Animal Kingdom (6/10)
by Tony Medley
Run time 112 minutes.
Not for children.
This is the violent story of an
Australian crime family consisting of armed robber Pope Cody (Ben
Mendelsohn) who is hiding from some renegade detectives who are out to
kill him. His partner, Barry 'Baz' Brown (Joel Edgerton), seems like a
nice enough guy, but wants to go straight. Pope has a younger brother,
Craig Cody (Sullivan Stapleton), who is a drug addict, but is making a
lot of money selling drugs. They have a younger brother, Darren (Luke
Ford), who is not a bad guy yet, but is learning the family business.
The film starts as their nephew,
Joshua 'J' Cody (James Frecheville), is sitting in an apartment placidly
watching television next to his mother who has just died from an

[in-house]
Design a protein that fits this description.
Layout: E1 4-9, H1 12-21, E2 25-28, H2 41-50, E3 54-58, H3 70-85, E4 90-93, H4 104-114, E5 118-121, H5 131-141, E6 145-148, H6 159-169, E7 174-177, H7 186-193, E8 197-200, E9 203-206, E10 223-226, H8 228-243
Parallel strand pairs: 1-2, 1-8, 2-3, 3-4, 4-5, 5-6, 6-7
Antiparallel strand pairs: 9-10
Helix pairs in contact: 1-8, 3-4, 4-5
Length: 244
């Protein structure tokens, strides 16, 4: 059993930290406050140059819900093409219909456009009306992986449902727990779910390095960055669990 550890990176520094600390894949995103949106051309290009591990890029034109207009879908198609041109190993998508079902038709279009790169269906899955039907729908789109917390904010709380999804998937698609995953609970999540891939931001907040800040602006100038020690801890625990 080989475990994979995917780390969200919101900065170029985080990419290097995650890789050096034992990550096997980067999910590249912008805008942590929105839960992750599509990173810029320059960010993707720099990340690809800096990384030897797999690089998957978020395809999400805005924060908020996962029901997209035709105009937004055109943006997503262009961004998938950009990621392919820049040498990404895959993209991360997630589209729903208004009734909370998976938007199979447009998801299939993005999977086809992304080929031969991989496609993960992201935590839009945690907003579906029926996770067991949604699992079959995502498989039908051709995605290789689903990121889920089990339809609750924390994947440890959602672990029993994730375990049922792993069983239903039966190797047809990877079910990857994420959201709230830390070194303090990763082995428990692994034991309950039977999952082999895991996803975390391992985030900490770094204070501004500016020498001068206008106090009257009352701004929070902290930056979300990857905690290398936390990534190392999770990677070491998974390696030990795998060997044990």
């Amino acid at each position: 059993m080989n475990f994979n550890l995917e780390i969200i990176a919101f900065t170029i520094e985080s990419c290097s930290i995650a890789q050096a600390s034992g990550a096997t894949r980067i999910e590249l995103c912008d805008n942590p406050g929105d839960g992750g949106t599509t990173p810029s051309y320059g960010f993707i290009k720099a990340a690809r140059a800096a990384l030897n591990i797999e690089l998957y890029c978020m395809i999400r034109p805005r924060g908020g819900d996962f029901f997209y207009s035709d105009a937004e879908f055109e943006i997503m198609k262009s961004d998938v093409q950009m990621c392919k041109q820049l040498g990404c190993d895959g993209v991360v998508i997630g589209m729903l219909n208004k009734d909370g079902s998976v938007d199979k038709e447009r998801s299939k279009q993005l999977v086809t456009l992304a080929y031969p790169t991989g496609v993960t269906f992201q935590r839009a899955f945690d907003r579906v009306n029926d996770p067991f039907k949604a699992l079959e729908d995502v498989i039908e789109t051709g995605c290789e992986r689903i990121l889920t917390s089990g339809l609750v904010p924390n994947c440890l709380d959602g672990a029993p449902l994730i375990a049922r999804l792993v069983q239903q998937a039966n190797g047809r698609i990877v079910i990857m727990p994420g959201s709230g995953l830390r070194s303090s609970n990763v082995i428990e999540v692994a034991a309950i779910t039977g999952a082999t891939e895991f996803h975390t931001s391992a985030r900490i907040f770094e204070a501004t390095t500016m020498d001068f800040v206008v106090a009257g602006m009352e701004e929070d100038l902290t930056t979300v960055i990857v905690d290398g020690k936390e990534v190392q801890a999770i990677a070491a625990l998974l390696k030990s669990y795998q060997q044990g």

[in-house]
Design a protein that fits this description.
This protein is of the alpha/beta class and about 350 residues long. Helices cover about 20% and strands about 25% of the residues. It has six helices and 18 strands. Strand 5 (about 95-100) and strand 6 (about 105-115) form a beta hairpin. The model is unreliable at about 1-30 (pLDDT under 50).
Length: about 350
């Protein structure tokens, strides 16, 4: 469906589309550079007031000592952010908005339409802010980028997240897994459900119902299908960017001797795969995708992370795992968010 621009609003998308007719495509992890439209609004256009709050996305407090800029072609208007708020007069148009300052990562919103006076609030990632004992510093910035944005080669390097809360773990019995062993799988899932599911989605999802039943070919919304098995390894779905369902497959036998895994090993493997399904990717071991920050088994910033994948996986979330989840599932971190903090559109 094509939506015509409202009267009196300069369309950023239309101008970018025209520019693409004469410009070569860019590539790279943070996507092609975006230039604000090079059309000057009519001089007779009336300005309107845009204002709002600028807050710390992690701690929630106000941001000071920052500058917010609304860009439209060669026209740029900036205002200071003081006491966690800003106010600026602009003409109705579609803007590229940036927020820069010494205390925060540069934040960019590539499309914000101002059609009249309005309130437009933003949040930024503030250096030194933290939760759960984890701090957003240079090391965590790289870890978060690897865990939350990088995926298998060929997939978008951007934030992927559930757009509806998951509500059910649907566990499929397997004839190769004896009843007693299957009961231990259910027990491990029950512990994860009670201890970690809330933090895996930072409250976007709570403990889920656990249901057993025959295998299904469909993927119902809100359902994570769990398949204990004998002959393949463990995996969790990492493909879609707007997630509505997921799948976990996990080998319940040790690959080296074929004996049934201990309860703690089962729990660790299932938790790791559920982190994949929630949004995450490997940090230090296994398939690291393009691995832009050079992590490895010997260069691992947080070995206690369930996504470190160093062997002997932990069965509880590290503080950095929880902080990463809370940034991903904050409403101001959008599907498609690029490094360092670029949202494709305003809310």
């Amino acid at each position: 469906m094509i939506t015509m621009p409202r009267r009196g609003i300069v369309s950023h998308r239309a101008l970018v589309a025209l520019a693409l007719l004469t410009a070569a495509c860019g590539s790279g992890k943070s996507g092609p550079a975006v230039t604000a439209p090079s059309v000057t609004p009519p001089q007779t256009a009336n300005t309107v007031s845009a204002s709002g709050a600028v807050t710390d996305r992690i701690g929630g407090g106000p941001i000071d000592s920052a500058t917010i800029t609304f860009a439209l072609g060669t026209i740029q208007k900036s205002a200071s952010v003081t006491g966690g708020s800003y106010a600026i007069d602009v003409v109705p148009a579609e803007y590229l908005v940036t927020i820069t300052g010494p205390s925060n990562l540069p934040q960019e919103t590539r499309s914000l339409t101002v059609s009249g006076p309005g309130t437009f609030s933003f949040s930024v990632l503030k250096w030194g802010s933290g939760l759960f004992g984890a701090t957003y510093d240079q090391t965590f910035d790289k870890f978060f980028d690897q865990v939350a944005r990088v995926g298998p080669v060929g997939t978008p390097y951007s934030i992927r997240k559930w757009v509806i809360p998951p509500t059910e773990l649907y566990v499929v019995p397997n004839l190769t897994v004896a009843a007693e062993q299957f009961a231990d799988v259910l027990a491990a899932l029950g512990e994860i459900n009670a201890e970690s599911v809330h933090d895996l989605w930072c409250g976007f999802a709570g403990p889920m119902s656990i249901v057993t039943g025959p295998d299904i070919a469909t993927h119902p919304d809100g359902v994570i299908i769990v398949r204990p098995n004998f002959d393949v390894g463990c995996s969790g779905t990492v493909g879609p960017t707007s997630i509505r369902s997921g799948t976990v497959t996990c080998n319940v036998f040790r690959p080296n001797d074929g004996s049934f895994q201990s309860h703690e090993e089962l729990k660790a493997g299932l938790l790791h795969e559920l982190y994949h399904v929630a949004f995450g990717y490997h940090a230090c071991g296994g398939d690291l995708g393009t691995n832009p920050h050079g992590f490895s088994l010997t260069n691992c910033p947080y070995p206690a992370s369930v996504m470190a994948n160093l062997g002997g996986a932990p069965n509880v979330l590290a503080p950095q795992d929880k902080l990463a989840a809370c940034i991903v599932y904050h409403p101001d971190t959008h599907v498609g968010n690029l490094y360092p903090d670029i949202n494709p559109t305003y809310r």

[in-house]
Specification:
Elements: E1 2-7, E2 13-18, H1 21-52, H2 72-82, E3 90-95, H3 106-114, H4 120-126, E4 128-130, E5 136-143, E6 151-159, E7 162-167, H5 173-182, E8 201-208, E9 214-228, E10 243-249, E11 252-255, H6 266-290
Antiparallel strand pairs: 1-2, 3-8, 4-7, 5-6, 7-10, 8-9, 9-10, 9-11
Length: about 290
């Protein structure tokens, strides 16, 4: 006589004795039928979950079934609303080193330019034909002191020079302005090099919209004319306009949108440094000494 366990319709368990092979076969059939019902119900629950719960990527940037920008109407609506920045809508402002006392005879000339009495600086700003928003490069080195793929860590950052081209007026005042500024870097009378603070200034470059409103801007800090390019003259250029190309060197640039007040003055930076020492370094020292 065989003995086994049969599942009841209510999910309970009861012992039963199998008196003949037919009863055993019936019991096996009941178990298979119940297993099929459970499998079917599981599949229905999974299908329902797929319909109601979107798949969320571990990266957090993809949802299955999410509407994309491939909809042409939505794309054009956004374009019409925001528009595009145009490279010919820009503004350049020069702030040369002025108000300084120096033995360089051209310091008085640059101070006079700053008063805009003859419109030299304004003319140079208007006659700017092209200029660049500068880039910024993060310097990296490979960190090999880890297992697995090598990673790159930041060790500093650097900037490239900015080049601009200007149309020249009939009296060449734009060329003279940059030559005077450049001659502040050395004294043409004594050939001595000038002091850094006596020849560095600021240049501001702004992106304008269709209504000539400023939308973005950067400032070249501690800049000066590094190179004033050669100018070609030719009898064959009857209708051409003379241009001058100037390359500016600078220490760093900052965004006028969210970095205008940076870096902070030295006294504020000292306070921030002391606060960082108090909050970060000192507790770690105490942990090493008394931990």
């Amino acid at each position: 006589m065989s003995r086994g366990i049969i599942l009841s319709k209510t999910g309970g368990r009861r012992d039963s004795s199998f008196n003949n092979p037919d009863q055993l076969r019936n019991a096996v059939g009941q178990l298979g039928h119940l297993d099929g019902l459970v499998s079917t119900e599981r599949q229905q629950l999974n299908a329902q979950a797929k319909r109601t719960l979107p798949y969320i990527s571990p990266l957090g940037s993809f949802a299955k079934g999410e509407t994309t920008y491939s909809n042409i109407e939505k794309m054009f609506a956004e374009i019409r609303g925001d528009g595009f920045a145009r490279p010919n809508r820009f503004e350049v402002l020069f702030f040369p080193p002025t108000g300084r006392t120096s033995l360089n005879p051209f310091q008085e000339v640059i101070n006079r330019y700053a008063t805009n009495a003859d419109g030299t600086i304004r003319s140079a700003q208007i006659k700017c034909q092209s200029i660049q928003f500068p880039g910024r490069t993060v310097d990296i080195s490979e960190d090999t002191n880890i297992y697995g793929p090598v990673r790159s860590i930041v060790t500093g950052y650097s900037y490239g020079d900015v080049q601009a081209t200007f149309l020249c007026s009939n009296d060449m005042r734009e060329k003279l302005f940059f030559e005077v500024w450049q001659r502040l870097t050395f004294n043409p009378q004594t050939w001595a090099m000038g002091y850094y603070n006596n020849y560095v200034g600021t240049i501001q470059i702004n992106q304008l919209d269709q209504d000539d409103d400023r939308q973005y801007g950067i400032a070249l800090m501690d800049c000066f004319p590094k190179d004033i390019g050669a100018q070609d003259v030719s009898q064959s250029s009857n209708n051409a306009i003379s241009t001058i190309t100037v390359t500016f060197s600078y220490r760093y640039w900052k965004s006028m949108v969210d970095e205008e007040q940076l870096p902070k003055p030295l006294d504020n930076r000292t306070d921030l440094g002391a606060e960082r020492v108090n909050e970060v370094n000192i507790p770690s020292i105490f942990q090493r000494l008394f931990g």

overdose, so he appears to have inherited the sociopathy of his family.
J moves in with the crime family under the thumb of his grandmother,
Smurf (Jacki Weaver), mother to the Cody boys. She is a real piece of
work. She’s got a wonderful, heartwarming smile, but she’s the glue that
holds the family (and the movie) together. J finds that the world of his
grandmother and uncles is far beyond his ken.
J also finds himself in the middle
of a maelstrom as the police are apparently out to murder the Codys in
cold blood. All alone, he turns to a girlfriend, Nicky (Laura
Wheelwright) for solace, but the family ensnares her, too.
Adding to the murky affair, one of
the cops, Nathan (Guy Pearce), is trying to turn J into a witness for
him. It’s a tough life for J.
This is a dark,
depressing film with at least one killing of such cold-blooded depravity
it is difficult to forget. Weaver creates a truly memorable
villainess, an almost perfect sociopath, hidden from view by a wonderful
smile, but with almost no human compassion or feeling. Pearce gives his
usual fine performance. While the acting is very good overall,
Wheelwright shines in her relatively short appearance. Written and
directed by David Michôd, it’s so dark it could have used a little humor
August 10, 2010